While weary yeldrins seem to wail I love to lie, when lulling breezes stir

Their little nestlings torn, The spiry cones that tremble on the fir;

The merry wren, frae den to den,
Or wander mid the dark-green fields of broom,

Gaes jinking through the thorn.
When peers in scattered tufts the yellow bloom ;
Or trace the path with tangling furze o’errun,

The roses fauld their silken leaves,
When bursting seed-bells crackle in the sun,

The foxglove shuts its bell ; And pittering grasshoppers, confus'dly shrill, The honeysuckle and the birk Pipe giddily along the glowing hill :

Spread fragrance through the dell. Sweet grasshopper, who lov'st at noon to lie

Let others crowd the giddy court Serenely in the green-ribbed clover's eye,

Of mirth and revelry, To sun thy filmy wings and emerald vest,

The simple joys that nature yields
Unseen thy form, and undisturbed thy rest,

Are dearer far to me.
Oft have I listening mused the sultry day,
And wondered what thy chirping song might say,
When nanght was heard along the blossomed lea,
To join thy music, save the listless bee.

THE EVENING WIND.
DR. JOHN LEYDEN.

Spirit that breathest through my lattice . thou

That cool'st the twilight of the sultry day! ON A BEAUTIFUL DAY.

Gratefully flows thy freshness round my brow;

Thou hast been out upon the deep at play, O UNSEEN Spirit ! now a calm divine

Riding all day the wild blue waves till now, Comes forth from thee, rejoicing earth and air ! Roughening their crests, and scattering high Trees, hills, and houses, all distinctly shine, And thy great ocean slumbers everywhere. And swelling the white sail. I welcome thee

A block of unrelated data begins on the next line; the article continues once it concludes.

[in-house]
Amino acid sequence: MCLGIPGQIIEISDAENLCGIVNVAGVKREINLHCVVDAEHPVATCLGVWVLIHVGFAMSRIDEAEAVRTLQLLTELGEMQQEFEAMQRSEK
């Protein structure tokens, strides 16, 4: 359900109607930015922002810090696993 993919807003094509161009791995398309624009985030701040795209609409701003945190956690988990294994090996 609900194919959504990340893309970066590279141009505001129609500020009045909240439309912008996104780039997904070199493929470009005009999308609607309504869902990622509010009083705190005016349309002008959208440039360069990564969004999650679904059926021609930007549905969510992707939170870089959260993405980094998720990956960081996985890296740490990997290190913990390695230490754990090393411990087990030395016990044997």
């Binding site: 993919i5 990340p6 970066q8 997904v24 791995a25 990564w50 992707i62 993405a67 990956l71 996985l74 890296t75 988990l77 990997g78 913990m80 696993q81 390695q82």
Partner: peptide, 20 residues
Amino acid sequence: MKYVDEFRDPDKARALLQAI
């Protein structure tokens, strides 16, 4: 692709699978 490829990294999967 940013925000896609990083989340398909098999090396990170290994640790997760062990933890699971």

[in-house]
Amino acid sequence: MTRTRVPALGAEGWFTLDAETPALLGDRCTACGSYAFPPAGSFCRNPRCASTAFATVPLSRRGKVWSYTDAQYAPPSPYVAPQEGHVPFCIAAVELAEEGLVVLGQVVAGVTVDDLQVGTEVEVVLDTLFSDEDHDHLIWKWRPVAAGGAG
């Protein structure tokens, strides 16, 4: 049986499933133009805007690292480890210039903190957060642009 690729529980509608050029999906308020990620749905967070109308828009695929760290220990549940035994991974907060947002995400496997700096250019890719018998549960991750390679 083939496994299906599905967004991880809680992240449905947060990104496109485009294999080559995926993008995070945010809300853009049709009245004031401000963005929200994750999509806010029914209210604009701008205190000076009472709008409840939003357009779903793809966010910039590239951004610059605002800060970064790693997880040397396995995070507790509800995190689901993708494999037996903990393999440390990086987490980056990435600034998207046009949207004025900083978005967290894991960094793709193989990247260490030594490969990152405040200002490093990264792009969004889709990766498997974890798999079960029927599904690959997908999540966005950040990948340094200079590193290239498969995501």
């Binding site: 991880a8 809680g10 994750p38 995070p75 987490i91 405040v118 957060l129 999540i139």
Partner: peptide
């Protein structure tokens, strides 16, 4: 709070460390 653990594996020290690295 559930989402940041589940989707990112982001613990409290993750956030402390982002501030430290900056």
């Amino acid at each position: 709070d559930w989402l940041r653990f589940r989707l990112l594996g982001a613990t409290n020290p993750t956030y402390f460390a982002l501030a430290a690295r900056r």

To the scorched land, thou wanderer of the seal The mountain ridge against the purple sky Stands clear and strong, with darkened rocks Nor I alone, a thousand bosoms round and dells,

Inhale thee in the fulness of delight; And cloudless brightness opens wide and high And languid forms rise up, and pulses bound

A home aerial, where thy presence dwells. Livelier, at coming of the wind of night;

1

their spray,

Star of love's soft interviews,
Parted lovers on thee muse;
Their remembrancer in heaven

Of thrilling vows thou art,
Too delicious to be riven
By absence from the heart.

THOMAS CAMPBELL

CAPE-COTTAGE AT SUNSET.

We stood upon the ragged rocks,

When the long day was nearly done ; The waves had ceased their sullen shocks,

And lapped our feet with murmuring tone, And o'er the bay in streaming locks

Blew the red tresses of the sun.

And languishing to hear thy welcome sound,

Lies the vast inland, stretched beyond the sight. Go forth into the gathering shade ; go forth, God's blessing breathed upon the fainting earth! Go, rock the little wood-bird in his nest;

Curl the still waters, bright with stars; and rouse The wide old wood from his majestic rest,

Summoning, from the innumerable boughs, The strange deep harmonies that haunt his breast.

Pleasant shall be thy way where meckly bows The shutting flower, and darkling waters pass, And where the o'ershadowing branches sweep the

grass. Stop o'er the place of graves, and softly sway

The sighing herbage by the gleaming stone That they who near the churchyard willows stray,

And listen in the deepening gloom, alone, May think of gentle souls that passeil away,